Summer 2004
How You Can Be a Partner in Your Health Care

The physicians, nurses, and all of the staff at Bridgeport Hospital are fully committed to advancing a culture of quality and safety. We offer these suggestions to help you fully understand and participate in your own healthcare, both in the hospital and in your physician's office.

Ask Questions

Choose a doctor whom you feel comfortable talking to about your health and treatment.
Speak up if you have concerns. It's okay to ask questions and to expect answers you can understand.
Take a relative or friend with you to the doctor's offi ce or the hospital, if this will help you ask questions and understand the answers.

Be Informed About Your Medications

Keep a list of all the medicines you take, including prescriptions, over-the-counter medicines such as aspirin, and herbals. (See box, below.)
Tell your doctor and pharmacist about: all the medicines you take, including over-thecounter, ibuprofen, vitamins, and herbals.
any drug allergies you have.
Additional medication issues: Ask the pharmacist about side effects and what foods or other things to avoid while taking the medication.
Read the label, including warnings. Make sure it's the medication your doctor ordered and you know how to use it.
If the medication looks different than you expected, ask the pharmacist about it.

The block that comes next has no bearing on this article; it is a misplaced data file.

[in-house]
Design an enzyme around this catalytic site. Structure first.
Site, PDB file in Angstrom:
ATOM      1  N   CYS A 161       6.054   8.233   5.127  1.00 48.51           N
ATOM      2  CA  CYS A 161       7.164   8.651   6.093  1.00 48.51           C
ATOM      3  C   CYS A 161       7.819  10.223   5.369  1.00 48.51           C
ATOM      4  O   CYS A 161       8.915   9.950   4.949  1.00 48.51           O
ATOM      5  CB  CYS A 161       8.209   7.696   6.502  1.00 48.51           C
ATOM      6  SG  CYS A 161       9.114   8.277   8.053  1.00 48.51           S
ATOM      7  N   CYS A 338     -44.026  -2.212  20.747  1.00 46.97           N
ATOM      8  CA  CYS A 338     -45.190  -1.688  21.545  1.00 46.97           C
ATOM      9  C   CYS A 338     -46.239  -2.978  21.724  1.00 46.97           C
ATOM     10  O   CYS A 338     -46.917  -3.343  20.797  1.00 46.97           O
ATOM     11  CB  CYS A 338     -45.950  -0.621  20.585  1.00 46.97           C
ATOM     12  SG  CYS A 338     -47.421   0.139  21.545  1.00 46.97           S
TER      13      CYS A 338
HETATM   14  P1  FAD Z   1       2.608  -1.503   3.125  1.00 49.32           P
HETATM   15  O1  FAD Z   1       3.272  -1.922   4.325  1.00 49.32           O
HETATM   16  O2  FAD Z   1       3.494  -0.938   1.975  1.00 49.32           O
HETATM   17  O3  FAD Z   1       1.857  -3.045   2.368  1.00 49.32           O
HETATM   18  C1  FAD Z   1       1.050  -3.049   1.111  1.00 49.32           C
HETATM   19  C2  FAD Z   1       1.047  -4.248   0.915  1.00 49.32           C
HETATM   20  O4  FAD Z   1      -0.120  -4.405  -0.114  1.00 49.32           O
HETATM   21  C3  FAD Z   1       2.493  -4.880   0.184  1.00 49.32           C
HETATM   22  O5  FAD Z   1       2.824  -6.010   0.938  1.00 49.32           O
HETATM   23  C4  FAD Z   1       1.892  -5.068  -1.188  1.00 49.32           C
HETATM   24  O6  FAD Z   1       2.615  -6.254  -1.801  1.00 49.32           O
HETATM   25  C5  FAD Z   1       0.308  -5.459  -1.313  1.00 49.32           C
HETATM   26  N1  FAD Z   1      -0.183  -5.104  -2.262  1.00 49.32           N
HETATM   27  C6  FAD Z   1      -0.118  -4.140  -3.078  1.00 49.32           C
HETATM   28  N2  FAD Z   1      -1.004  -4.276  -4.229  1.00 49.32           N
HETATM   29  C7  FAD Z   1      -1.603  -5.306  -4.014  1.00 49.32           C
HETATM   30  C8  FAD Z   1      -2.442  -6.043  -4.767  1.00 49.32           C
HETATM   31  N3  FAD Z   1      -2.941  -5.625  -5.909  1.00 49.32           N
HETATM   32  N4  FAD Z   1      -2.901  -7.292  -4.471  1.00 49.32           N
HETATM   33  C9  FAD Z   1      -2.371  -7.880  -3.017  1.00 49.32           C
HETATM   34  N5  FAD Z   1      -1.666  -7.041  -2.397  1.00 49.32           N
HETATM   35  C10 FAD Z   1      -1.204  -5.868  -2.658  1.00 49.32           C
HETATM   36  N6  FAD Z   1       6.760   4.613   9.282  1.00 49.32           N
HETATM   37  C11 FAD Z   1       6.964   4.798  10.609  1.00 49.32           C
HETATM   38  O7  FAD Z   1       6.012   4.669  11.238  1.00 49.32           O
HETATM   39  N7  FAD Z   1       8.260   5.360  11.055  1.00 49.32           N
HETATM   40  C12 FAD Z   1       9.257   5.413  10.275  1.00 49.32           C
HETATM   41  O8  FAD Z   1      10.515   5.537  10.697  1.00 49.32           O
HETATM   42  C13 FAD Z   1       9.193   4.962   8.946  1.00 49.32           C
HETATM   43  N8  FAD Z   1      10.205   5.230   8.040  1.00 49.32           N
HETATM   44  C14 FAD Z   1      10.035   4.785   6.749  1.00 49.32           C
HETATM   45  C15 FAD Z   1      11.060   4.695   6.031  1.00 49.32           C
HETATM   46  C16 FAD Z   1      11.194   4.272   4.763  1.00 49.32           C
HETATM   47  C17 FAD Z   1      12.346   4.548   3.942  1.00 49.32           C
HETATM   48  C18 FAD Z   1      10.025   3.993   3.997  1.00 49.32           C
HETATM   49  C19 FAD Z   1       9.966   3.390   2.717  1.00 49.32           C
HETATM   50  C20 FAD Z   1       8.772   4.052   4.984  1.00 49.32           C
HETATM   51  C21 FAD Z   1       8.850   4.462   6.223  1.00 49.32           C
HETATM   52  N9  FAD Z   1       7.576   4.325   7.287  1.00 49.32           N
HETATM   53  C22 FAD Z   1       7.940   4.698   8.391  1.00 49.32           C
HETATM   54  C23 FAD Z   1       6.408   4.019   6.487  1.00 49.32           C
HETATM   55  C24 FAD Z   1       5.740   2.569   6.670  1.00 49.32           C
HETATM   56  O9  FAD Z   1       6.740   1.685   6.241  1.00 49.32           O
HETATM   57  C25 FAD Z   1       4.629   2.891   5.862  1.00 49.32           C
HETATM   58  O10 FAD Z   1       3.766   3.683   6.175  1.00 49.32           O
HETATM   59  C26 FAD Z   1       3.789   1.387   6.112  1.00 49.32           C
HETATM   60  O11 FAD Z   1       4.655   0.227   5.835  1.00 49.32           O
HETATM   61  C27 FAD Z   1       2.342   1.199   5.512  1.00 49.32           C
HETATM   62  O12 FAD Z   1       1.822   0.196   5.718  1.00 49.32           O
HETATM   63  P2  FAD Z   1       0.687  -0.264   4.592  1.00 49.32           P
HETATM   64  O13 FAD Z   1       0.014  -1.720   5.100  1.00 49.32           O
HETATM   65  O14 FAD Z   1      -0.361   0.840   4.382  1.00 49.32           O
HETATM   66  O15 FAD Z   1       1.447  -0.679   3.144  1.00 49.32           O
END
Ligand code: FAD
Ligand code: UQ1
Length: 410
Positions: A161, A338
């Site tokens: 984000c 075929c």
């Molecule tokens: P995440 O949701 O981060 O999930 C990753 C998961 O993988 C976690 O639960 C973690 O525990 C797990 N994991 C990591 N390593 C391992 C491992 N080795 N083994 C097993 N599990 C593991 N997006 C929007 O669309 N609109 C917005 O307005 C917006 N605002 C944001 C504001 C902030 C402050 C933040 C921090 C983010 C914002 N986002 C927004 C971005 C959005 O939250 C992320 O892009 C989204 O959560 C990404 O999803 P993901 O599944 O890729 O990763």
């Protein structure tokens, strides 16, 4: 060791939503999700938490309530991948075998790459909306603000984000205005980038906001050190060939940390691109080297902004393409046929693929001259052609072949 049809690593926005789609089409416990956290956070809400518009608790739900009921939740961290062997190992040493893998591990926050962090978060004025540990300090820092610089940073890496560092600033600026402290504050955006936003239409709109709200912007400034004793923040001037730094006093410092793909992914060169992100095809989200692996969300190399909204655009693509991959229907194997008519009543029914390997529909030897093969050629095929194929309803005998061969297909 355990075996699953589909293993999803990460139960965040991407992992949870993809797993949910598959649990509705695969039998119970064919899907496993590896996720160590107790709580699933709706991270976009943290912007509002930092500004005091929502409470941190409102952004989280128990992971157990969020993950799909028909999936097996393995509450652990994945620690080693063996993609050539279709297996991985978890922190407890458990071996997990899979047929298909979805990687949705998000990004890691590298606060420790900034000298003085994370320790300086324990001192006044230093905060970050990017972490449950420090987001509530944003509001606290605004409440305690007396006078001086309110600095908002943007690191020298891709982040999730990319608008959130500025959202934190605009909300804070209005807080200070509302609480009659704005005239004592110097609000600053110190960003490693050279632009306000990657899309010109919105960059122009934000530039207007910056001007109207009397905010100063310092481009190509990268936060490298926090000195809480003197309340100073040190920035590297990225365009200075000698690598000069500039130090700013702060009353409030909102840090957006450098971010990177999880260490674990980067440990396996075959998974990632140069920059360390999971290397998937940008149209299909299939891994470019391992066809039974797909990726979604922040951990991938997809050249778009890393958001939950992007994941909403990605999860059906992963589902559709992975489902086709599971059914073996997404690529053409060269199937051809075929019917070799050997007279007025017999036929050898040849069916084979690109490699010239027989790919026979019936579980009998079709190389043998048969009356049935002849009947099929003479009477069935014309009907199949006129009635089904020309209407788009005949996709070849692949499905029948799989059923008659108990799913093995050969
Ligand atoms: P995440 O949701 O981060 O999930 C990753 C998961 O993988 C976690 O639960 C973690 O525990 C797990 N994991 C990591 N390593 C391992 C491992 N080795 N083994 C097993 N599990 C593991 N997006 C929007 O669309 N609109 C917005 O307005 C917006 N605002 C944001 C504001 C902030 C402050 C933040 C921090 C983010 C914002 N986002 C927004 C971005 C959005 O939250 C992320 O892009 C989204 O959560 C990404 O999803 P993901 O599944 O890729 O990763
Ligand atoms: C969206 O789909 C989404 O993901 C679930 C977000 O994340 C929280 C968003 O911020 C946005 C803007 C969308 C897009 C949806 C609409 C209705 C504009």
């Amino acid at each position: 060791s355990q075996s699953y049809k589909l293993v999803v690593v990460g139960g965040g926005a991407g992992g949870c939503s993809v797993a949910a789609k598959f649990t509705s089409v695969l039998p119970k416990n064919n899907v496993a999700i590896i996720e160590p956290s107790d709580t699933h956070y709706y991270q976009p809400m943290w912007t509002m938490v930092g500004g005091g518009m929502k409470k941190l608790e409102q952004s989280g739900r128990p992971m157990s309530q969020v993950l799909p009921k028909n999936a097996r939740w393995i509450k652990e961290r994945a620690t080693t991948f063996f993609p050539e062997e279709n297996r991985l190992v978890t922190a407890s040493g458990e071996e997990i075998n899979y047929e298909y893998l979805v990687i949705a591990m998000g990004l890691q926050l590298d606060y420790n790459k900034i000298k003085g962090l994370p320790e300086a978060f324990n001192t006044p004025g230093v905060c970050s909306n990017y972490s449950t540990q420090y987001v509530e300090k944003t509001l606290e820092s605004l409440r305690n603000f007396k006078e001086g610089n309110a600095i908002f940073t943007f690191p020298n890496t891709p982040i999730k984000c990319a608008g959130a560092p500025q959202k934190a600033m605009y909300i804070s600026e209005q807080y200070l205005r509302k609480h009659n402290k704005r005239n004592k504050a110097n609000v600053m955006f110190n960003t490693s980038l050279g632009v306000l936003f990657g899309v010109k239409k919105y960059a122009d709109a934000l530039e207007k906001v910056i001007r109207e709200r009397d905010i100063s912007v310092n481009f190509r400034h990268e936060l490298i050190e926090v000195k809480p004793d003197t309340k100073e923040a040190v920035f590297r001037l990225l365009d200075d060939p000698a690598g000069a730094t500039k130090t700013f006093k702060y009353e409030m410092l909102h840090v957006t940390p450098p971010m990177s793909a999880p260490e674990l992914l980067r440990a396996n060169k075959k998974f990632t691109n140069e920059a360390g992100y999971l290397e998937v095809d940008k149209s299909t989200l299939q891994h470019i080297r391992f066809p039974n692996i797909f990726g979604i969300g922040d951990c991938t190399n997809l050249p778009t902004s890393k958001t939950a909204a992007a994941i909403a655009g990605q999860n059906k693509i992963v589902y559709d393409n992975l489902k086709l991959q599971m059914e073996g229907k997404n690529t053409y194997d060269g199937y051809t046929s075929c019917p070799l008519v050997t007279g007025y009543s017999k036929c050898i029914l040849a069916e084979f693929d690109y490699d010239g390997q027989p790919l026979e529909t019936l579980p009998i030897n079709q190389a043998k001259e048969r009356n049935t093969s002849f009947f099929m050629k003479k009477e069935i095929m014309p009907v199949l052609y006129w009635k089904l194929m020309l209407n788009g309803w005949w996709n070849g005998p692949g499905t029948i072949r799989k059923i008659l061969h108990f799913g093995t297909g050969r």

Stay Informed about Test Results

Make sure you obtain the results of all tests and procedures. Ask the doctor or nurse when and how you will obtain the results.
Don't assume the results are ok if you don't receive them when expected. Call the doctor and ask for them.
Make sure you understand what the results mean and what follow-up care may be needed.

Choose Your Hospital Thoughtfully

You have more than one hospital to choose from, ask your doctor which hospital has the best care for your condition. For some procedures (such as heart bypass surgery), research shows results are often better at hospitals doing a lot of these procedures.
Before you leave the hospital, ask about follow-up care and make sure you understand all instructions.

If You Need Surgery:

Make sure you understand what will happen if you need surgery. You, your doctor, and your surgeon should all agree on exactly what will be done during the operation.
Tell the surgeon, anesthesiologist, and nurses if you have allergies or ever had a bad reaction to anesthesia.
Ask your doctors and surgeons: Who will take charge of my care while I'm in the hospital?
Exactly what will you be doing?
How long will it take?
What will happen after the surgery?
How can I expect to feel during recovery?
By staying fully informed and asking plenty of questions, you can be an active partner in your healthcare.

Call for a FREE Medication Form to help you keep track of your medications, allergies, immunizations, and other important information! It comes with a wallet-sized protective sleeve. Just dial 888-357-2396.

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